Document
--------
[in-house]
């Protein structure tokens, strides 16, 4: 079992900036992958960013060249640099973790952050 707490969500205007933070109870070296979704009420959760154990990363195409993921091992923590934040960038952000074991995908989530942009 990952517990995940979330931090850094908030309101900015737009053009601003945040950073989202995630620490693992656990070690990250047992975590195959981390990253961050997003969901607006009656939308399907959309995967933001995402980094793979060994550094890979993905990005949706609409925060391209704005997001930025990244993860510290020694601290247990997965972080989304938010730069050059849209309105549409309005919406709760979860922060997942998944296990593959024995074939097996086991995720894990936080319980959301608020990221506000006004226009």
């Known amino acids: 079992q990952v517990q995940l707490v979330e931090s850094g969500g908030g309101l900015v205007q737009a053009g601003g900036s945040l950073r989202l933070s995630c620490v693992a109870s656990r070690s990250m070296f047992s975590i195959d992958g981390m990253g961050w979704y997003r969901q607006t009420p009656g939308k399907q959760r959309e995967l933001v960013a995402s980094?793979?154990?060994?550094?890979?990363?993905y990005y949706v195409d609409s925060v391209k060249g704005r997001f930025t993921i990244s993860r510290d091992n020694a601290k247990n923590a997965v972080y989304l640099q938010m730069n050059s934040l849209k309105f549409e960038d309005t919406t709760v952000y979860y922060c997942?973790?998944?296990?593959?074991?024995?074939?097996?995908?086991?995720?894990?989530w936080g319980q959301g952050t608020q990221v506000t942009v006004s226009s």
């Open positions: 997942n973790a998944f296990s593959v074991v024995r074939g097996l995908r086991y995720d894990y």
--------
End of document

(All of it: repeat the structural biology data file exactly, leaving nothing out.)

[in-house]
């Protein structure tokens, strides 16, 4: 079992900036992958960013060249640099973790952050 707490969500205007933070109870070296979704009420959760154990990363195409993921091992923590934040960038952000074991995908989530942009 990952517990995940979330931090850094908030309101900015737009053009601003945040950073989202995630620490693992656990070690990250047992975590195959981390990253961050997003969901607006009656939308399907959309995967933001995402980094793979060994550094890979993905990005949706609409925060391209704005997001930025990244993860510290020694601290247990997965972080989304938010730069050059849209309105549409309005919406709760979860922060997942998944296990593959024995074939097996086991995720894990936080319980959301608020990221506000006004226009």
């Known amino acids: 079992q990952v517990q995940l707490v979330e931090s850094g969500g908030g309101l900015v205007q737009a053009g601003g900036s945040l950073r989202l933070s995630c620490v693992a109870s656990r070690s990250m070296f047992s975590i195959d992958g981390m990253g961050w979704y997003r969901q607006t009420p009656g939308k399907q959760r959309e995967l933001v960013a995402s980094?793979?154990?060994?550094?890979?990363?993905y990005y949706v195409d609409s925060v391209k060249g704005r997001f930025t993921i990244s993860r510290d091992n020694a601290k247990n923590a997965v972080y989304l640099q938010m730069n050059s934040l849209k309105f549409e960038d309005t919406t709760v952000y979860y922060c997942?973790?998944?296990?593959?074991?024995?074939?097996?995908?086991?995720?894990?989530w936080g319980q959301g952050t608020q990221v506000t942009v006004s226009s």
């Open positions: 997942n973790a998944f296990s593959v074991v024995r074939g097996l995908r086991y995720d894990y």